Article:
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Brian HVAC Guy
Brian HVAC Guy, HVAC Technician
Category: HVAC
Satisfied Customers: 953
Experience:  I have been an HVAC/R mechanic/technician for 30+ years.
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10 ton Armstrong package heat pump.......8years old........

Customer Question

10 ton Armstrong package heat pump.......8years old........ spiking head pressure 350 to 430 less than a min....... then back....I inherited this job.... low 75 to 90
Submitted: 2 years ago.
Category: HVAC
Expert:  airheatman replied 2 years ago.
Hello. My name is ***** ***** I'll do my best to help. Let's get started and see what we can do.Is this an R22 unit? Do you have model number?
Customer: replied 2 years ago.
Yes 22.......out of town on family issue..... did not bring my book.......
Customer: replied 2 years ago.
10 ton package heat pump.....8 to ten years..
Expert:  airheatman replied 2 years ago.
OK if the head is skyrocketing like this and outdoor fan is moving sufficient air across coil, sounds like a restriction such as a metering device or drier. Normally we will get a low suction though.Does suction drop any? THis sounds like a metering device TXV
Expert:  airheatman replied 2 years ago.
Also have you tried reversing from heat to cool modes to see if we have same behaviour?
Customer: replied 2 years ago.
Very hot and lonely...... is anybody out there
Expert:  airheatman replied 2 years ago.
I am not able to take call right now.
I have opted out of the question to see if perhaps other experts may have more information and can assist.Please do not rate or reply as that will send question back to my desk.Please stand by to see if another expert can assist further.
Expert:  Brian HVAC Guy replied 2 years ago.
Hi I'm Brian and I'm here to help. Sorry for the delay. A commonly overlooked problem with these package units is the condenser coil on some of them are split into two slabs. A two row deep condenser coil that actually is two coil slabs connected at one end (the manifold end where the hot gas and liquid connection is) and zip tied or screwed together at the other end where there are only vertical u-bends. The condenser coil can look absolutely clean even if you've cleaned it from both sides but the split between the two coil slabs can still be full of fine debris (cottonwood trees are famous for clogging these). If you take all the screws out of the three sides of the top around the condenser coil, you can usually lift the top up high enough so it doesn't contact the top of the condenser coil and prop it up with a 2x4 or the like. Next you have to remove the screws from the sheet metal cabinet where they attach to the tube sheet on the u-bend only end. Next, cut the zip ties (or possibly remove screws a few small brackets) that hold the two sheet metal tube sheets together. Then you can lift the whole condenser coil carefully up higher than the bot***** *****p of the bottom pan and carefully split the two coil slabs apart enough to spray down the inside faces of them both. Give that a shot and let me know what you find.Thanks, -Brian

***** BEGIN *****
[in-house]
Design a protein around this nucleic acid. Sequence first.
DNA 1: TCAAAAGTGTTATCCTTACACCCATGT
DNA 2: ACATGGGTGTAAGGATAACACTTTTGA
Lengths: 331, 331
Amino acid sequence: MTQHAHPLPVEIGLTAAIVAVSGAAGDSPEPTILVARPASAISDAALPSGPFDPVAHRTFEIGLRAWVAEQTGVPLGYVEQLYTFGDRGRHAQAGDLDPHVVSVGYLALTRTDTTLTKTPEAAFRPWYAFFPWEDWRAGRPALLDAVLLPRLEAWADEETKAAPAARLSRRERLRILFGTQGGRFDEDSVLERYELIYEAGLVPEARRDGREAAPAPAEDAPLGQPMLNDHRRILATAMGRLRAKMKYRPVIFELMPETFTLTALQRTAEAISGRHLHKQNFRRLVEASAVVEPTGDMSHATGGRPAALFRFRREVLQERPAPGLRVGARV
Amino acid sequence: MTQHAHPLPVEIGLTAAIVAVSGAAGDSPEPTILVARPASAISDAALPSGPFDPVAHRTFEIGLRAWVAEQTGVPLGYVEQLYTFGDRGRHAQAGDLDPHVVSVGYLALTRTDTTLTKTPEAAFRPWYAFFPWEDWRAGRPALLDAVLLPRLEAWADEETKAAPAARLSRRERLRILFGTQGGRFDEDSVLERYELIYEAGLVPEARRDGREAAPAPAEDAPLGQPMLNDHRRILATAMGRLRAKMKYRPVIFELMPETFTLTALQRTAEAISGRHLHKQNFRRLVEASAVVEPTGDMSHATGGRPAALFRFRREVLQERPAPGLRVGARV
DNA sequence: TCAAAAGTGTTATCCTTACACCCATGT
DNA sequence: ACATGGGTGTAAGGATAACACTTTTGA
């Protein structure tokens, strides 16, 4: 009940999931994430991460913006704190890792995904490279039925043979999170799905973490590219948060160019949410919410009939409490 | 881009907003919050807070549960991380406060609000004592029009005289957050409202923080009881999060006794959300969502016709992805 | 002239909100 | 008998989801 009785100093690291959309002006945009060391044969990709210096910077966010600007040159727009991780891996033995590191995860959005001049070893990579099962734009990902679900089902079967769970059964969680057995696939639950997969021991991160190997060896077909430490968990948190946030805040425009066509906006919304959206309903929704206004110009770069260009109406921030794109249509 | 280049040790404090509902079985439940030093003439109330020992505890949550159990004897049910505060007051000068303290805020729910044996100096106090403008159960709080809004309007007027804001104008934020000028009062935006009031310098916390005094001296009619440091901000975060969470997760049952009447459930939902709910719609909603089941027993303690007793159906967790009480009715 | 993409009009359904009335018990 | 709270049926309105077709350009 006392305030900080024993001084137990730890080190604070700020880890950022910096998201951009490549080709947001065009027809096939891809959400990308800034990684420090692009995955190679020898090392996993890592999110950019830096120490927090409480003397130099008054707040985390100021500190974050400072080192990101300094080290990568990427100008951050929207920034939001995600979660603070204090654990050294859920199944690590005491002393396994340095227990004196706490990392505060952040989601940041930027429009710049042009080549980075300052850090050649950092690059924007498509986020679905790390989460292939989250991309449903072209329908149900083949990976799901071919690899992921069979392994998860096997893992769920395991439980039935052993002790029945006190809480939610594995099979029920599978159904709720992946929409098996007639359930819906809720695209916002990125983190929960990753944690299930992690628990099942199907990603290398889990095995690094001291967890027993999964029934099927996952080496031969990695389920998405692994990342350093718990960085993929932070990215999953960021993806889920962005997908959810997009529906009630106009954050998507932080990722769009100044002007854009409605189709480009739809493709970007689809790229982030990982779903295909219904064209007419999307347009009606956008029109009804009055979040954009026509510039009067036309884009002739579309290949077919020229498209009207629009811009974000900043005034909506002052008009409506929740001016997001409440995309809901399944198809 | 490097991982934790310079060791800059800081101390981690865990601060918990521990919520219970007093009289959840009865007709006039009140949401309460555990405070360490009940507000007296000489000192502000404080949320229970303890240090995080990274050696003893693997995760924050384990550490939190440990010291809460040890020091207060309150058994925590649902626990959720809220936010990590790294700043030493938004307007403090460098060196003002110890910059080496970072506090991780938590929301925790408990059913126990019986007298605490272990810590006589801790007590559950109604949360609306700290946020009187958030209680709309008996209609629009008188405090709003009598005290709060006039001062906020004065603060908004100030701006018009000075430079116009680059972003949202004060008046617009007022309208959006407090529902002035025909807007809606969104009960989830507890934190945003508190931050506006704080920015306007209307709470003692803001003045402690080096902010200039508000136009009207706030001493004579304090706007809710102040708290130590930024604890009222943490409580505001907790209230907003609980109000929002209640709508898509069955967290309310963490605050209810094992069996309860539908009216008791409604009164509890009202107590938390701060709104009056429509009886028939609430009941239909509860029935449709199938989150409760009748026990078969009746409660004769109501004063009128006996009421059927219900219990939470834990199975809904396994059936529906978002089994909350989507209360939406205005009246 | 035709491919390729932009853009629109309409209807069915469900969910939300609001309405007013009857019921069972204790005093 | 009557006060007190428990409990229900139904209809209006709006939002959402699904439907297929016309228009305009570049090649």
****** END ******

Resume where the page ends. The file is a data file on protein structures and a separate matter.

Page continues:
Customer: replied 2 years ago.
ok.....430 am Monday....... can understand the condenser issue..... but how the spike
Expert:  Brian HVAC Guy replied 2 years ago.
I don't really understand what you mean by "430 am Monday". It's hard to say what the exact cause of the high head pressure then the sudden spike is but I would cover the bases first by looking at the condenser coil. If you lift the top and can see they are in two separate slabs, the chances are good it's the coil dirty internally between slabs. If the condenser coil was plugged between slabs you could have those symptoms if the compressor's internal relief was blowing off then closing back down. Sometimes the compressor and fan(s) is too noisy to hear the rush of gas across the relief. Noncondensables (air or nitrogen) in the system can also cause these kinds of high and wildly fluctuating pressures. I would start with examining the coil first though. Rule out the things you can visually see before recovering the refrigerant and evacuating and recharging with virgin refrigerant. Both problems can give the same symptoms. If it were a stuck txv, clogged metering piston or clogged liquid line drier, you would have a cooler than normal liquid line temperature and a way lower suction pressure. If it's caused by either of the first two problems above, the liquid line will be extremely hot with both problems. -Brian
Customer: replied 2 years ago.
thank you for some smart advise... that is rare.....
Expert:  Brian HVAC Guy replied 2 years ago.
You're very welcome. I know how it feels to be alone and in the trenches out there! Let me know if I can help further. Feel free to follow up and let me know how it goes. Thanks, -Brian
Customer: replied 2 years ago.
430 am.......comerical job on a hot roof........ and 5 fire breaks along the way.......30'building.....
Expert:  Brian HVAC Guy replied 2 years ago.
Oh man, I feel for you! I've been there (and wondering why the heck I do this for a living!). I can't anymore thanks to jobs like that! Be safe out there! -Brian